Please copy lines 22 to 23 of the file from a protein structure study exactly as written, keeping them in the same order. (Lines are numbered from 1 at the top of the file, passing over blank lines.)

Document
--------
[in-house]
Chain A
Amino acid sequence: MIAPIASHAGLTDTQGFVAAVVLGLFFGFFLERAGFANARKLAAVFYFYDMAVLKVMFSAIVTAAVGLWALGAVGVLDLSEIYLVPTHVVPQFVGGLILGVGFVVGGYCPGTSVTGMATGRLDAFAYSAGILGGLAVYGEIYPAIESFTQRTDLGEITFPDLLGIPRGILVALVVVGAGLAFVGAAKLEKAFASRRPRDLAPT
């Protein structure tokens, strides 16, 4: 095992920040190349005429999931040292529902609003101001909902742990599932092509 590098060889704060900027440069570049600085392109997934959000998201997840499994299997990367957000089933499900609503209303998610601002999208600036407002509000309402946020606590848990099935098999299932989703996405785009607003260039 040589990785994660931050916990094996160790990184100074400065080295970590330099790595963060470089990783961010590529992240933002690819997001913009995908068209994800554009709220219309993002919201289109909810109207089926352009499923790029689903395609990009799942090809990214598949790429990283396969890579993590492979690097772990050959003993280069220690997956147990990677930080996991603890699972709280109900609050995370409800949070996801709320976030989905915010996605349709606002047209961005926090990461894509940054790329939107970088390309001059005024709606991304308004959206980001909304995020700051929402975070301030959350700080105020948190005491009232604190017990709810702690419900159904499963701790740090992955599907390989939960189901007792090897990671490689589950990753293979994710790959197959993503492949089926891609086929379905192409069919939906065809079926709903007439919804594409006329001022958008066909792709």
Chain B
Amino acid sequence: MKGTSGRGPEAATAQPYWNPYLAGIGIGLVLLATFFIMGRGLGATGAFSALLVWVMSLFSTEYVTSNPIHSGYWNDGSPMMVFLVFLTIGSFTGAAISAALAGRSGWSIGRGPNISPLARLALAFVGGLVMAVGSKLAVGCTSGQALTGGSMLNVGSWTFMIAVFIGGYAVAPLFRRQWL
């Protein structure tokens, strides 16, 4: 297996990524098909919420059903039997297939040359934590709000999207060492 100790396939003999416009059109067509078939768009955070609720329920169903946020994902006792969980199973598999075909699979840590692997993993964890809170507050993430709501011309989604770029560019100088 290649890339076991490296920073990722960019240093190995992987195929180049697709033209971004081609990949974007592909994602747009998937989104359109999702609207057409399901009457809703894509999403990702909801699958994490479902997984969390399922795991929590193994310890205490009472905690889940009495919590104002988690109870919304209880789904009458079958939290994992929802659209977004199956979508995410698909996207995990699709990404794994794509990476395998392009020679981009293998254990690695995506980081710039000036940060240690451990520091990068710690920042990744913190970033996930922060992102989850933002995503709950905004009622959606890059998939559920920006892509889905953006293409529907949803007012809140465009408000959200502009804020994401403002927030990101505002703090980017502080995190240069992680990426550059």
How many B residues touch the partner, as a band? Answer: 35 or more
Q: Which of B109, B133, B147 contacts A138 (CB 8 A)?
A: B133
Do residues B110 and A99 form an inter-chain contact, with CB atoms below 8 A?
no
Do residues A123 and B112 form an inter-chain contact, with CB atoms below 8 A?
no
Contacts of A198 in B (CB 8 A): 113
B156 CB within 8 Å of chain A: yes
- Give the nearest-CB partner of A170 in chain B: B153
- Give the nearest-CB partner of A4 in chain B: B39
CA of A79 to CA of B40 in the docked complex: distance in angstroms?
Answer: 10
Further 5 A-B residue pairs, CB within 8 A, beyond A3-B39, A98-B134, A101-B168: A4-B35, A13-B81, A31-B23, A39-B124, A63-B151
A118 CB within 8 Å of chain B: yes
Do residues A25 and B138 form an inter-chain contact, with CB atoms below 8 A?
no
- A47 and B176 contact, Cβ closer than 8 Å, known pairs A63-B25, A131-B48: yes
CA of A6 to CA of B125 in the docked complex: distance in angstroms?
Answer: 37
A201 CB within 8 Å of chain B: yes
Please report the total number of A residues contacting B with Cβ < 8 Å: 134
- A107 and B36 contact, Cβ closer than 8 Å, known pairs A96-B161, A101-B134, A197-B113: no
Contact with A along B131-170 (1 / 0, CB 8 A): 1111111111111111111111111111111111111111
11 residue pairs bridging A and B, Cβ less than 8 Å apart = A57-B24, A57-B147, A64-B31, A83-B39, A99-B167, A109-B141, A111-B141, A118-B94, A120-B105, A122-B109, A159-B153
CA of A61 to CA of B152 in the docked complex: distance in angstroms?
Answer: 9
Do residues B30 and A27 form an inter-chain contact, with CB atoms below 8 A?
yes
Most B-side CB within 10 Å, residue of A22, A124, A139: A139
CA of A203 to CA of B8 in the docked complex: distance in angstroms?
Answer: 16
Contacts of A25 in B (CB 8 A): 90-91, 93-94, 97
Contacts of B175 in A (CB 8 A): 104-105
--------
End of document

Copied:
A118 CB within 8 Å of chain B: yes
Do residues A25 and B138 form an inter-chain contact, with CB atoms below 8 A?